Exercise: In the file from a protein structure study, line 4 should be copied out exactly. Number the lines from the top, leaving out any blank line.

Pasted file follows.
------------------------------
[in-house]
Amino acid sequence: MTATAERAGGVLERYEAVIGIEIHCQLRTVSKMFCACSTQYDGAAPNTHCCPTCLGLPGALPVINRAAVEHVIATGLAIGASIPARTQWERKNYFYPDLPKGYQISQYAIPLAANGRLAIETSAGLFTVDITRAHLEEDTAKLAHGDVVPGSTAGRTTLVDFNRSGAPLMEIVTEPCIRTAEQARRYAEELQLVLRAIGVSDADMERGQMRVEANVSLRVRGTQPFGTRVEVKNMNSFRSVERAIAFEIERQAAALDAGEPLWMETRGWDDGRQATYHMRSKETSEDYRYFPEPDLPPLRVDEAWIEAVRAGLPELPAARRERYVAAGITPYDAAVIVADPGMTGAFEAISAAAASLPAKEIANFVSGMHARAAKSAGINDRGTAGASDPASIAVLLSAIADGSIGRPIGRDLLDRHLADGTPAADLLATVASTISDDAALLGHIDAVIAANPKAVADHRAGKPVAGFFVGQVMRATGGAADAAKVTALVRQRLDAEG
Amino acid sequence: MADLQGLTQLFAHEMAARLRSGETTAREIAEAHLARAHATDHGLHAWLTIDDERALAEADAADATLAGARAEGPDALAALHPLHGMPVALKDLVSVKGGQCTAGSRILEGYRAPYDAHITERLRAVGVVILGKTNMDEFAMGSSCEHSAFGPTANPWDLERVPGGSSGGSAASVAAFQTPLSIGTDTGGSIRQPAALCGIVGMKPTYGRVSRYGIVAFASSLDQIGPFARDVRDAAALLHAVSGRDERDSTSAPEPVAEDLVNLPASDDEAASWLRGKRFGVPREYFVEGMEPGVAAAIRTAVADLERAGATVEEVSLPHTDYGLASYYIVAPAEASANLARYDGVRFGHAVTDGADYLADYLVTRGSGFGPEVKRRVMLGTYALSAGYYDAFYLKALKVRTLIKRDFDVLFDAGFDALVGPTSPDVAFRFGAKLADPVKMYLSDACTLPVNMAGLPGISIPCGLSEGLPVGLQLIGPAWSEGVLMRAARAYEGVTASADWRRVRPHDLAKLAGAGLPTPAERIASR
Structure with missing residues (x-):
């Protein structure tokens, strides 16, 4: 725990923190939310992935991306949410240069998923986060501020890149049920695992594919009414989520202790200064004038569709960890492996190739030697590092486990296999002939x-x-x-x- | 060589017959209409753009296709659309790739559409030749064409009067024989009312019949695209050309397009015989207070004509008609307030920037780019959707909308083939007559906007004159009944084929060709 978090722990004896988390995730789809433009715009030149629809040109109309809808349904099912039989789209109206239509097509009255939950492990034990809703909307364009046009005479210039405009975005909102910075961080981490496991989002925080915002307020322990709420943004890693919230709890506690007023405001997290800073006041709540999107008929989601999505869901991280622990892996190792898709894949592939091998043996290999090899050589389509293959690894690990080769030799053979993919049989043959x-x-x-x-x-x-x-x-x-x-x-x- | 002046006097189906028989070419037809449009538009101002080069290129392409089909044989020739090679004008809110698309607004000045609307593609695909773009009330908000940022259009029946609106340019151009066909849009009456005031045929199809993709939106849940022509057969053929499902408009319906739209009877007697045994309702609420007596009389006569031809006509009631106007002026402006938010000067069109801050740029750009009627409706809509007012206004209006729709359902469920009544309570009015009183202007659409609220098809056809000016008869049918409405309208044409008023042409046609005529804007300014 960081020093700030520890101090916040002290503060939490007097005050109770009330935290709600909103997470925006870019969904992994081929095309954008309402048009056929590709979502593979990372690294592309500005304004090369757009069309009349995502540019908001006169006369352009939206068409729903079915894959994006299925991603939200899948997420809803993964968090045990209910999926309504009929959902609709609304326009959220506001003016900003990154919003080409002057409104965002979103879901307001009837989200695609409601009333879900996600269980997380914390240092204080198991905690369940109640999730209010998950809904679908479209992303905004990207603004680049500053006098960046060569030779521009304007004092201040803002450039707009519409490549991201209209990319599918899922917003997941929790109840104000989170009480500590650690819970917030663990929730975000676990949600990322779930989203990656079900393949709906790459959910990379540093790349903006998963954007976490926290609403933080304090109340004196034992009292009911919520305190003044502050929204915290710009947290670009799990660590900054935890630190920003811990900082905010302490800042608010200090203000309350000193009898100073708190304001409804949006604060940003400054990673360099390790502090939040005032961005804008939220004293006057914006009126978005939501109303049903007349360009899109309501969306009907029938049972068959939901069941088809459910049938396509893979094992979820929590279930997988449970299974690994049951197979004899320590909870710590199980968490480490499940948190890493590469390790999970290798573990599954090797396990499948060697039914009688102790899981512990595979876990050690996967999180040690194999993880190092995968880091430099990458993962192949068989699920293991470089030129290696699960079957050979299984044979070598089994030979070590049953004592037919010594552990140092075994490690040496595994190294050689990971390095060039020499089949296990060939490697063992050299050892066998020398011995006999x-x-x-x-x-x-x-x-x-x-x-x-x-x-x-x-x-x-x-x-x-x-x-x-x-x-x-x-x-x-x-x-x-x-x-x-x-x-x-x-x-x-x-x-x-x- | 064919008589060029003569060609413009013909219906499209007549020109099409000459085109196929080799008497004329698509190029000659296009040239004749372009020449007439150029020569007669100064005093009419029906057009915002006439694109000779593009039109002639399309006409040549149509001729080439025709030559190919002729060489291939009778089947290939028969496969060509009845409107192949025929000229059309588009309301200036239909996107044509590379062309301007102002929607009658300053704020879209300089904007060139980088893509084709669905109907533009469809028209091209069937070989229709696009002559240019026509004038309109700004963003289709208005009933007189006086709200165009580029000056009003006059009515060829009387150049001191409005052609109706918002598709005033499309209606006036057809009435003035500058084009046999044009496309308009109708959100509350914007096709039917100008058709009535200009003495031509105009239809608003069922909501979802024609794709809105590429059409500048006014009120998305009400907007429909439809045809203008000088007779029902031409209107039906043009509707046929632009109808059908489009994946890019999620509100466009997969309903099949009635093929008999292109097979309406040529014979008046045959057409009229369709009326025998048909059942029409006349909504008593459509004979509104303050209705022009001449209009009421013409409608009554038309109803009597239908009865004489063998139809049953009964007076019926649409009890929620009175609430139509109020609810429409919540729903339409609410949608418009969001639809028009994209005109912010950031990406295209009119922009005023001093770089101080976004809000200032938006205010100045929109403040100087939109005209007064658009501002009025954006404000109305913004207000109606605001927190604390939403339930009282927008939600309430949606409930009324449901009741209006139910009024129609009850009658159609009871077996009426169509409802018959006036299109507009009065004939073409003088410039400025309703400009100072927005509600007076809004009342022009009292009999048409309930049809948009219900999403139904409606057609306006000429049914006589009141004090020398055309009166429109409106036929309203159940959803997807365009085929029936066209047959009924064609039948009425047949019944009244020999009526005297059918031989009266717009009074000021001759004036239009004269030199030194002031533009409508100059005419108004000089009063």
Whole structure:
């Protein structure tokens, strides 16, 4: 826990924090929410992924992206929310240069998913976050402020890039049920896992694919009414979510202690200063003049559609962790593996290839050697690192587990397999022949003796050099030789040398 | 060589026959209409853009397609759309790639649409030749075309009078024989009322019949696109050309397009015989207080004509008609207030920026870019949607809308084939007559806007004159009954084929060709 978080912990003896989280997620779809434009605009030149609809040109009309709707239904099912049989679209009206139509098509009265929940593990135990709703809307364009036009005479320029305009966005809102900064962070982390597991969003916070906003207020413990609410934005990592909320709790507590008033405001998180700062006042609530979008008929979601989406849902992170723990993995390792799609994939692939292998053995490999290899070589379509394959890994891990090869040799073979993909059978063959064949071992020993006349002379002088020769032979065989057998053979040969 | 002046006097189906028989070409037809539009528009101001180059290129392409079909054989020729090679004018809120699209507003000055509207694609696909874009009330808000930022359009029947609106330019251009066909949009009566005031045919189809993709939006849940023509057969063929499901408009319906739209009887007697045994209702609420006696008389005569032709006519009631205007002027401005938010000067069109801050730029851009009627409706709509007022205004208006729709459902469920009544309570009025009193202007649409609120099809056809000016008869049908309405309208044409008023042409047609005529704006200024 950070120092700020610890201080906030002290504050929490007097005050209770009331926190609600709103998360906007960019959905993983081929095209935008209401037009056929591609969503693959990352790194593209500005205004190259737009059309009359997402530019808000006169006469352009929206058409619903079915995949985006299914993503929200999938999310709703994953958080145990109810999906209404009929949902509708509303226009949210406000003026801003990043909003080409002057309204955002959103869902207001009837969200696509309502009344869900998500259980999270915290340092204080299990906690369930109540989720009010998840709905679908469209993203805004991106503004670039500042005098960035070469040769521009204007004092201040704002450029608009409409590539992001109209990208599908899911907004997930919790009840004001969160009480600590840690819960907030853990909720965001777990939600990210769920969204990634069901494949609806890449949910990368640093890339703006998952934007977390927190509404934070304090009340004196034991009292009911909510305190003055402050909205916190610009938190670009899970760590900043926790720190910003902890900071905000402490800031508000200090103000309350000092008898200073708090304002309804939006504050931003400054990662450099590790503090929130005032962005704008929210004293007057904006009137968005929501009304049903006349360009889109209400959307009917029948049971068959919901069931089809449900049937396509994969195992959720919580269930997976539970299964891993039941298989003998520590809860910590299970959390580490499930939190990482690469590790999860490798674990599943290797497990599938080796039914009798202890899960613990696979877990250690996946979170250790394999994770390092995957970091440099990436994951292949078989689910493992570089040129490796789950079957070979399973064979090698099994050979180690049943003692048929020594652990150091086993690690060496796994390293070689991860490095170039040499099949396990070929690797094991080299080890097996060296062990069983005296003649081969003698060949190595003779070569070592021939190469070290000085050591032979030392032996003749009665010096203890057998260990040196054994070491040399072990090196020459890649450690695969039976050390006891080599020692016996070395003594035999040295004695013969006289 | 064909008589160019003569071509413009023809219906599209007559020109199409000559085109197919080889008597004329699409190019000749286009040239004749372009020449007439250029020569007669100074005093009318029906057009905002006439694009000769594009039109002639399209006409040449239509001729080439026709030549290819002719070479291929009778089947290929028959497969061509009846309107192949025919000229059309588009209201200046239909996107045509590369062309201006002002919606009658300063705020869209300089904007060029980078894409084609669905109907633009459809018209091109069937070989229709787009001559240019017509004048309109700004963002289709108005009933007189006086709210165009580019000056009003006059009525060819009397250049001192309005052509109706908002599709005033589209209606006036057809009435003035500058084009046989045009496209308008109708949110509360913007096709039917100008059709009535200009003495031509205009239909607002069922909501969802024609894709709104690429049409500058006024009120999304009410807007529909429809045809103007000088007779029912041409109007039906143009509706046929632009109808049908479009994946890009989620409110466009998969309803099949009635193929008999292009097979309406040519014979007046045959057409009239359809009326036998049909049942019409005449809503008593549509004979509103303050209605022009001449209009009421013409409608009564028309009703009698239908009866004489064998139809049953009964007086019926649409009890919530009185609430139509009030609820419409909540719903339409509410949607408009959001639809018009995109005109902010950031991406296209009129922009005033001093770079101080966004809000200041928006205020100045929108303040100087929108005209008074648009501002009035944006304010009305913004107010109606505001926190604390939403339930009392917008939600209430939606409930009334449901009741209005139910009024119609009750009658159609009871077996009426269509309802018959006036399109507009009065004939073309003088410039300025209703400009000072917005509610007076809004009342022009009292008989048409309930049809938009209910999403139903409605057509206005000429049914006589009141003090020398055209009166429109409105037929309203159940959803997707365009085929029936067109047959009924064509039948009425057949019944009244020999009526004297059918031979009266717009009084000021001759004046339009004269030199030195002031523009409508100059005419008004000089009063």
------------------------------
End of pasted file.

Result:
Structure with missing residues (x-):